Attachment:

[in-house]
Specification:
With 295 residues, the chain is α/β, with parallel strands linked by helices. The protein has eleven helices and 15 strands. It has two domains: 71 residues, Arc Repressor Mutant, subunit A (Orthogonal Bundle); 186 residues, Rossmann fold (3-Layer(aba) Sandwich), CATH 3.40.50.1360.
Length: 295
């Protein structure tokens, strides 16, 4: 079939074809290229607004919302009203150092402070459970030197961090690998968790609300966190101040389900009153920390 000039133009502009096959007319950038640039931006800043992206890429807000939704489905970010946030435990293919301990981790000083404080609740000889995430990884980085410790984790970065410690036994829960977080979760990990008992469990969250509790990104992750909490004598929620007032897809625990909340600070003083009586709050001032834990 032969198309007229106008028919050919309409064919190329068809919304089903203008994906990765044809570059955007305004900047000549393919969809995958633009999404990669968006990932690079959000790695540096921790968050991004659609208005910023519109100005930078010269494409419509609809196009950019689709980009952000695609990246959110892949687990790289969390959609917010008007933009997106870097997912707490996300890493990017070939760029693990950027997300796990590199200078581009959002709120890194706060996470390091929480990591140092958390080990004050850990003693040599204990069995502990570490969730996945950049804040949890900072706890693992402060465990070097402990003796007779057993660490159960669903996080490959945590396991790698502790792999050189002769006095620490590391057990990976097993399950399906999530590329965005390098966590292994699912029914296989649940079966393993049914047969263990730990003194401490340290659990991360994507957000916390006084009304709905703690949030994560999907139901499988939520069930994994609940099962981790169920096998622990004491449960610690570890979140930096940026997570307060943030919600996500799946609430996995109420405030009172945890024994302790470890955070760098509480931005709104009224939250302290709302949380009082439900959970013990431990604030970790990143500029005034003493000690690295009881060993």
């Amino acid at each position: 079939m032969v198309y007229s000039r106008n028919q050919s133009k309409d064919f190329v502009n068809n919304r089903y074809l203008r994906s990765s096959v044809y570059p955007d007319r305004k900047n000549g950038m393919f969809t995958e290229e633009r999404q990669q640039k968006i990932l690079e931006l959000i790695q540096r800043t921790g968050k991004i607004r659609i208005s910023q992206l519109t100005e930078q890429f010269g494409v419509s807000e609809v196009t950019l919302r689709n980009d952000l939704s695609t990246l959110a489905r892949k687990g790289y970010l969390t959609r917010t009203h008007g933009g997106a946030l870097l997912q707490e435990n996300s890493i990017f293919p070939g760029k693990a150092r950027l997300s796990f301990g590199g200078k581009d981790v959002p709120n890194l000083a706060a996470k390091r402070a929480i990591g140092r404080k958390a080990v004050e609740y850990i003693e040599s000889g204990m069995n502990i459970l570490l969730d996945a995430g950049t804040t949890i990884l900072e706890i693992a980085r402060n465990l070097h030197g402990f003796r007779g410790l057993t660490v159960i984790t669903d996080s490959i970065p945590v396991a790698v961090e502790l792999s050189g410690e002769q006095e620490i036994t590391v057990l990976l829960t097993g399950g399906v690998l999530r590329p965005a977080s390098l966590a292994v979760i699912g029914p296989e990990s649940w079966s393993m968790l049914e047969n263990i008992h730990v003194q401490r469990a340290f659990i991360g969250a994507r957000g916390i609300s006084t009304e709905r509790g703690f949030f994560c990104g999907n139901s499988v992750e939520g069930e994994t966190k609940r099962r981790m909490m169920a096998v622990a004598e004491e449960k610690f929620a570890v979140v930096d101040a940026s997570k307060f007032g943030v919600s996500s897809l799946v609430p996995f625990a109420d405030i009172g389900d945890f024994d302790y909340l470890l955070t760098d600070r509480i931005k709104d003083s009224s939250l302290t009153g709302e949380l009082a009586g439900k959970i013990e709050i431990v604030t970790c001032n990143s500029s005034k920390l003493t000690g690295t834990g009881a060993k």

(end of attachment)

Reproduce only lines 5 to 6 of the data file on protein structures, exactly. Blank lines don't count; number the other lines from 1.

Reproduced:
């Protein structure tokens, strides 16, 4: 079939074809290229607004919302009203150092402070459970030197961090690998968790609300966190101040389900009153920390 000039133009502009096959007319950038640039931006800043992206890429807000939704489905970010946030435990293919301990981790000083404080609740000889995430990884980085410790984790970065410690036994829960977080979760990990008992469990969250509790990104992750909490004598929620007032897809625990909340600070003083009586709050001032834990 032969198309007229106008028919050919309409064919190329068809919304089903203008994906990765044809570059955007305004900047000549393919969809995958633009999404990669968006990932690079959000790695540096921790968050991004659609208005910023519109100005930078010269494409419509609809196009950019689709980009952000695609990246959110892949687990790289969390959609917010008007933009997106870097997912707490996300890493990017070939760029693990950027997300796990590199200078581009959002709120890194706060996470390091929480990591140092958390080990004050850990003693040599204990069995502990570490969730996945950049804040949890900072706890693992402060465990070097402990003796007779057993660490159960669903996080490959945590396991790698502790792999050189002769006095620490590391057990990976097993399950399906999530590329965005390098966590292994699912029914296989649940079966393993049914047969263990730990003194401490340290659990991360994507957000916390006084009304709905703690949030994560999907139901499988939520069930994994609940099962981790169920096998622990004491449960610690570890979140930096940026997570307060943030919600996500799946609430996995109420405030009172945890024994302790470890955070760098509480931005709104009224939250302290709302949380009082439900959970013990431990604030970790990143500029005034003493000690690295009881060993």
């Amino acid at each position: 079939m032969v198309y007229s000039r106008n028919q050919s133009k309409d064919f190329v502009n068809n919304r089903y074809l203008r994906s990765s096959v044809y570059p955007d007319r305004k900047n000549g950038m393919f969809t995958e290229e633009r999404q990669q640039k968006i990932l690079e931006l959000i790695q540096r800043t921790g968050k991004i607004r659609i208005s910023q992206l519109t100005e930078q890429f010269g494409v419509s807000e609809v196009t950019l919302r689709n980009d952000l939704s695609t990246l959110a489905r892949k687990g790289y970010l969390t959609r917010t009203h008007g933009g997106a946030l870097l997912q707490e435990n996300s890493i990017f293919p070939g760029k693990a150092r950027l997300s796990f301990g590199g200078k581009d981790v959002p709120n890194l000083a706060a996470k390091r402070a929480i990591g140092r404080k958390a080990v004050e609740y850990i003693e040599s000889g204990m069995n502990i459970l570490l969730d996945a995430g950049t804040t949890i990884l900072e706890i693992a980085r402060n465990l070097h030197g402990f003796r007779g410790l057993t660490v159960i984790t669903d996080s490959i970065p945590v396991a790698v961090e502790l792999s050189g410690e002769q006095e620490i036994t590391v057990l990976l829960t097993g399950g399906v690998l999530r590329p965005a977080s390098l966590a292994v979760i699912g029914p296989e990990s649940w079966s393993m968790l049914e047969n263990i008992h730990v003194q401490r469990a340290f659990i991360g969250a994507r957000g916390i609300s006084t009304e709905r509790g703690f949030f994560c990104g999907n139901s499988v992750e939520g069930e994994t966190k609940r099962r981790m909490m169920a096998v622990a004598e004491e449960k610690f929620a570890v979140v930096d101040a940026s997570k307060f007032g943030v919600s996500s897809l799946v609430p996995f625990a109420d405030i009172g389900d945890f024994d302790y909340l470890l955070t760098d600070r509480i931005k709104d003083s009224s939250l302290t009153g709302e949380l009082a009586g439900k959970i013990e709050i431990v604030t970790c001032n990143s500029s005034k920390l003493t000690g690295t834990g009881a060993k």